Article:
Order of Worship for the Lord's day
Call to worship - The people are called to worship God. Words from scripture are spoken or sung to proclaim who God is and what God has done. We are thus reminded that our worship centers in God and not in ourselves.
Opening prayer – An opening prayer of adoration is said. Adoration is the keynote of all true worship, of the creature before the Creator, of the redeemed before the Redeemer.
Hymn – The people sing praise to God in a hymn, psalm, or spiritual, which tells of God’s greatness, majesty, love, and goodness. Praise is the joyful response to the incomparable gift of God in Jesus Christ, and so is dominant in Christian worship.
Prayer of Confession – In words of scripture the people are called to confess the reality of sin in personal and common life. Claiming the promises of God sealed in our baptism, we humbly confess our sin. . A period of silence is observed following the confession of sin. Having confessed our sin, we remember the promises of God’s redemption, and the claims God has on all human life. The assurance of God’s forgiving grace is declared in the name of Jesus Christ. We accept God’s forgiveness, confident that in dying to sin, God raises us to new life
The passing of the peace – Having been reconciled to God in Jesus Christ, the people are invited to share signs of reconciliation and the peace of Christ.
First Scripture Reading – There are readings from both the Old and the New Testament to ensure that the unity and completeness of God’s revelation are proclaimed. The scripture readings are selected with care. Their selection are guided by the seasons of the liturgical calendar, pastoral concerns, world events and conditions, and the church’s mission. Attention is given to ensure that over a period of time, worshipers will be provided all of the many and varied themes and emphases of the scripture.
Hymn – A hymn or other song is sung. It is usually related to the scripture readings of the day.
A Time with Children - children are invited to hear a lesson based on the scripture reading.
New Testament Reading - the sermon is usually based on this reading.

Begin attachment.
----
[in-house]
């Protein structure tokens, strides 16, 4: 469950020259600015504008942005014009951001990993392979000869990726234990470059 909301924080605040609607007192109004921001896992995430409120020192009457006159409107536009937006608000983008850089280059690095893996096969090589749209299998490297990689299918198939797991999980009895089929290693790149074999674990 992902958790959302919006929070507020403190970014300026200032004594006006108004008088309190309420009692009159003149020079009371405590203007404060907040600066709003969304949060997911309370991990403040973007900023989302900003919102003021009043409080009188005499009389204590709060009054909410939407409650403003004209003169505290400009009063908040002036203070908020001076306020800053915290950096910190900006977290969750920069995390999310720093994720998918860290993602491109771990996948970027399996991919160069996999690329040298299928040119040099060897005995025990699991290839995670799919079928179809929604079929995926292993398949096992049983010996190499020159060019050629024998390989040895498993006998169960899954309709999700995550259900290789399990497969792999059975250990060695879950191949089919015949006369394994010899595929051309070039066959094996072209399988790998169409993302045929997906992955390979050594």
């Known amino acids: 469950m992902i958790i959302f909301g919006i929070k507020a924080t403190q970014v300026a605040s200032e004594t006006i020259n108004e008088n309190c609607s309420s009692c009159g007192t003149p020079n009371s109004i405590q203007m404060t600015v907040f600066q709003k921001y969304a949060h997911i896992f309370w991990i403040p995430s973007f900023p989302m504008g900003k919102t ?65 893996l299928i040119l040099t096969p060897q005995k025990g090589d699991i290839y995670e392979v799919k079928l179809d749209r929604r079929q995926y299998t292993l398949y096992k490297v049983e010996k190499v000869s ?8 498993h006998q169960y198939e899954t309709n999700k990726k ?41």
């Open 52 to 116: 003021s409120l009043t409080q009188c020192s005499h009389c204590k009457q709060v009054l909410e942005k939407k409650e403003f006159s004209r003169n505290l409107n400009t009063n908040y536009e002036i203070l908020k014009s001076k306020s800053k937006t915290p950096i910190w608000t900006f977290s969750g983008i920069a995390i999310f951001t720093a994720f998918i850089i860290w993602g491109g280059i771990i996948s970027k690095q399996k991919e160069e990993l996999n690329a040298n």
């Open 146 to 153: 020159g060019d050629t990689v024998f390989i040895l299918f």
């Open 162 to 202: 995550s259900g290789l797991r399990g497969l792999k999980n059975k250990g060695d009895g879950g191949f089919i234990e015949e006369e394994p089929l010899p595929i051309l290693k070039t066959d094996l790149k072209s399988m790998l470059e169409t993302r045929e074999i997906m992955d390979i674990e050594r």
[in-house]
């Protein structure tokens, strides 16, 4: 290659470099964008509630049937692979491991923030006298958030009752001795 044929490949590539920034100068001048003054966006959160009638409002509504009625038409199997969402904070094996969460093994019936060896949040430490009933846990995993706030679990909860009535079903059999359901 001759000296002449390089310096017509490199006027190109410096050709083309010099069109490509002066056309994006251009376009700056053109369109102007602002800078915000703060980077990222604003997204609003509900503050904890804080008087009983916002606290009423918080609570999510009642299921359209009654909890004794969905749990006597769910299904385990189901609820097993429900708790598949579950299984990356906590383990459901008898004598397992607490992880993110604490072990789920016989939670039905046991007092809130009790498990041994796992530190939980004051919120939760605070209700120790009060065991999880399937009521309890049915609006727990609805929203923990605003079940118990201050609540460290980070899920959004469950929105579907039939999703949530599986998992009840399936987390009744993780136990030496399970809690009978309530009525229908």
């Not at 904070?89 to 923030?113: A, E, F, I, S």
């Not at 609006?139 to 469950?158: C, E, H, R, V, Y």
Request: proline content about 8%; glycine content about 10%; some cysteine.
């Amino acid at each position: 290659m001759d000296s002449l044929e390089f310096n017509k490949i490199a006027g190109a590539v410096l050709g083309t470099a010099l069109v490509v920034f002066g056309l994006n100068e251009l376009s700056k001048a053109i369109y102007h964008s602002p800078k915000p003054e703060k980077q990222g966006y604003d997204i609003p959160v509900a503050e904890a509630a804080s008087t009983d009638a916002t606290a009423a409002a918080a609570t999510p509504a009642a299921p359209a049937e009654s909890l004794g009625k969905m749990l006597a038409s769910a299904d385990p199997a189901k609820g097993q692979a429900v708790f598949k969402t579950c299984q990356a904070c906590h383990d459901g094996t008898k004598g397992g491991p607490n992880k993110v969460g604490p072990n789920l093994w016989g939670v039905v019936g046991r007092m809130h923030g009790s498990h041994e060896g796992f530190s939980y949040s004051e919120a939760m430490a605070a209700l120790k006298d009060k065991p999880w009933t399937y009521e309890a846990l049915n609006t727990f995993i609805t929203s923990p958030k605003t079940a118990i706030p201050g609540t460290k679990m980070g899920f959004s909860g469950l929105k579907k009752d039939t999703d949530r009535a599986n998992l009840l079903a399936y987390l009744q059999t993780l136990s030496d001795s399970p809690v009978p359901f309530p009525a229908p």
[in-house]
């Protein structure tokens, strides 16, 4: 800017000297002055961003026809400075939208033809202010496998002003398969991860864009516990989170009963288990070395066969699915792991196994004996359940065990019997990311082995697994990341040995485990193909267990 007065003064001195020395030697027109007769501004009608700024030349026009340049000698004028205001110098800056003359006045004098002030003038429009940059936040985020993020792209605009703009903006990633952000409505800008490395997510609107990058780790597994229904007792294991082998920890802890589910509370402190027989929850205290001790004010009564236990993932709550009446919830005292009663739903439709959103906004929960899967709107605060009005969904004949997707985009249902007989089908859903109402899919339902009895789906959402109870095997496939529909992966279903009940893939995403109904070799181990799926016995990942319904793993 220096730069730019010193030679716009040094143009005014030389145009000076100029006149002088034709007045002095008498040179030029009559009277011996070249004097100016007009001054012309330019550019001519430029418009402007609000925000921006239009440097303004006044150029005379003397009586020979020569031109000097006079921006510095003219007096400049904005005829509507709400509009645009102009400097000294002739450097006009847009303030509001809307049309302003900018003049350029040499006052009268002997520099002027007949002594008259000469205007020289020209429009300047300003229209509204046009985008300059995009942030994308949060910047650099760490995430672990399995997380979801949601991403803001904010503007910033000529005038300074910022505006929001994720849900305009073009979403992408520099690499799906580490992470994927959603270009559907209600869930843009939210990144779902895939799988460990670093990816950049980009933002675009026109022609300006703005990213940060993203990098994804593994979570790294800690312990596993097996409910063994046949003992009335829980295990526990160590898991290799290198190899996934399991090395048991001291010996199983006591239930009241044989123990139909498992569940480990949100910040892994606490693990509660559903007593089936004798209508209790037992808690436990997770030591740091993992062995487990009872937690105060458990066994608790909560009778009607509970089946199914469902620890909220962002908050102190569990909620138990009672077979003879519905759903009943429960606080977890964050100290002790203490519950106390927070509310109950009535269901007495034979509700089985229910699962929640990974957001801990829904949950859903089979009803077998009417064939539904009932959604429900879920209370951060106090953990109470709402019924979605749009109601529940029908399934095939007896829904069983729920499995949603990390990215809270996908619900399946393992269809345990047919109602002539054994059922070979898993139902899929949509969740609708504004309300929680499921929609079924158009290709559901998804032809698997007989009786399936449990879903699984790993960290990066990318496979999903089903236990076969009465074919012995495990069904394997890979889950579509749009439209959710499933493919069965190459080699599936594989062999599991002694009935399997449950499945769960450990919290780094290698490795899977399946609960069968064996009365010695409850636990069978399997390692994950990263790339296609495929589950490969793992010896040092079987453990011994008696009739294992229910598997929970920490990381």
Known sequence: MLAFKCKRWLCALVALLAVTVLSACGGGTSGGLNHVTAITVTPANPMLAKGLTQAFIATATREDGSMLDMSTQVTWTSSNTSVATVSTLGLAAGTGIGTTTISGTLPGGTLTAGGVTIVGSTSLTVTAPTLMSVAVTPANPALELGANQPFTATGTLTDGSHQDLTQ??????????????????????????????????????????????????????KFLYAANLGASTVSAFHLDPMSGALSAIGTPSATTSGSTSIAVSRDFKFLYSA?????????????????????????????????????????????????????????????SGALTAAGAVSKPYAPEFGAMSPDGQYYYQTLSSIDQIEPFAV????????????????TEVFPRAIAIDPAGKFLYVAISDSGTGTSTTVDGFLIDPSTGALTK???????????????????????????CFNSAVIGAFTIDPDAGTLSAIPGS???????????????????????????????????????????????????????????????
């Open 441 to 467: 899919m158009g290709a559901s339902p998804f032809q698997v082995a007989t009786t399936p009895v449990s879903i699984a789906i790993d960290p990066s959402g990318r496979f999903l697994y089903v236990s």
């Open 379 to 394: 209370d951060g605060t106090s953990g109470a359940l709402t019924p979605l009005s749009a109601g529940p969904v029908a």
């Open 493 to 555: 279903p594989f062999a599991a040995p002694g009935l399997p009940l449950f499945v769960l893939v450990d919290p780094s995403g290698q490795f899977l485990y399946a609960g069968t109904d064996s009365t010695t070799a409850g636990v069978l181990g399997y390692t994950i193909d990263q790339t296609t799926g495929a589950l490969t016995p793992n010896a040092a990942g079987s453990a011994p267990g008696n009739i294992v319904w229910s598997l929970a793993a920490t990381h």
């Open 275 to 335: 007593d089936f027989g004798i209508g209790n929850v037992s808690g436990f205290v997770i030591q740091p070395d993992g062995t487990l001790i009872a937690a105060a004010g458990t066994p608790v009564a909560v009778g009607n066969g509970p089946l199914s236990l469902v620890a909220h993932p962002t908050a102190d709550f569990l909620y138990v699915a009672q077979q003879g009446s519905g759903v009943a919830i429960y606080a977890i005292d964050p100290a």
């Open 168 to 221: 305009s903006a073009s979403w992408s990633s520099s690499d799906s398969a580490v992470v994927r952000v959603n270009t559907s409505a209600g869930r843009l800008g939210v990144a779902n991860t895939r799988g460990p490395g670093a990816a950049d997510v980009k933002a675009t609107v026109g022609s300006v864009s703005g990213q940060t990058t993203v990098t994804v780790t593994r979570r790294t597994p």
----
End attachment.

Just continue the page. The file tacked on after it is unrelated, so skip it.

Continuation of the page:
Sermon – When the Bible has been read, its message is proclaimed in a sermon or other form of exposition of God’s Word. The God who speaks in scripture speaks to us now. The God who acted in biblical history acts today. Through the Holy Spirit, Christ is present in the sermon, offering grace and calling for obedience. Preaching presents the gospel with simplicity and clarity. A prayer, acclamation, or ascription of praise may conclude the sermon. The Word may also be proclaimed through music and other art forms faithful to the gospel. The proclamation of God’s Word in scripture and sermon invites a response of faith. We respond in song, affirmation of faith, prayer, and offering.
Affirmation of Faith – The people respond to the proclamation of the Word by affirming the faith. The faith of the church both shapes our lives and expresses the hope and expectancy that are a part of the Christian life. From early in the church’s life, an affirmation of faith has been central in corporate worship. Candidates for Baptism gave assent to the faith in the words of the Creed, and upon their baptism were admitted to the Eucharist. As those who are baptized, whenever we say the creed we reaffirm the profession of faith made in our baptism.
Prayers of the people - In response to the Word, prayers are offered. In these prayers, we acknowledge God’s presence in the world and in daily life. Across the ages the church in its worship has prayed for the church universal, the world, all in authority, and those in distress or need. At no other time in its worship is the community of faith more conscious of the needs of the life of the world. We pray for the world because God loves it. God created the world and cares for it. God sent Jesus, who died for it. God is working to lead the world toward the future God has for it. To abide in God’s love is to share God’s concern for the world. Our prayers should therefore be as wide as God’s love and as specific as God’s tender compassion for the least ones among us.
Offering - In response to God’s love in Jesus Christ we offer God our lives, our gifts, our abilities, and our material goods, for God’s service. The tithes and offerings are gathered and received with prayer.
Eucharist (happens the first Sunday of each month) - The Eucharist has given witness to God’s redemptive acts each Lord’s Day, giving Christian worship its distinctive shape. In this sacrament, the bread and wine, the words and actions, make the promises of God visible and concrete. The Word proclaimed in scripture and sermon is confirmed, for all that the life, death, and resurrection of Christ means is focused in the Sacrament. Our tradition is that we hold the bread and take it together as one body and when the cup is served you may partake when ready
Hymn - A hymn or other song is sung. It is usually related to the liturgy of the day.
Charge and Benediction - The charge renews God’s call to us to engage in obedient and grateful ministry as God’s agents to heal life’s brokenness. By the power of the Spirit, we are to be in life and ministry what Christ has redeemed us to be.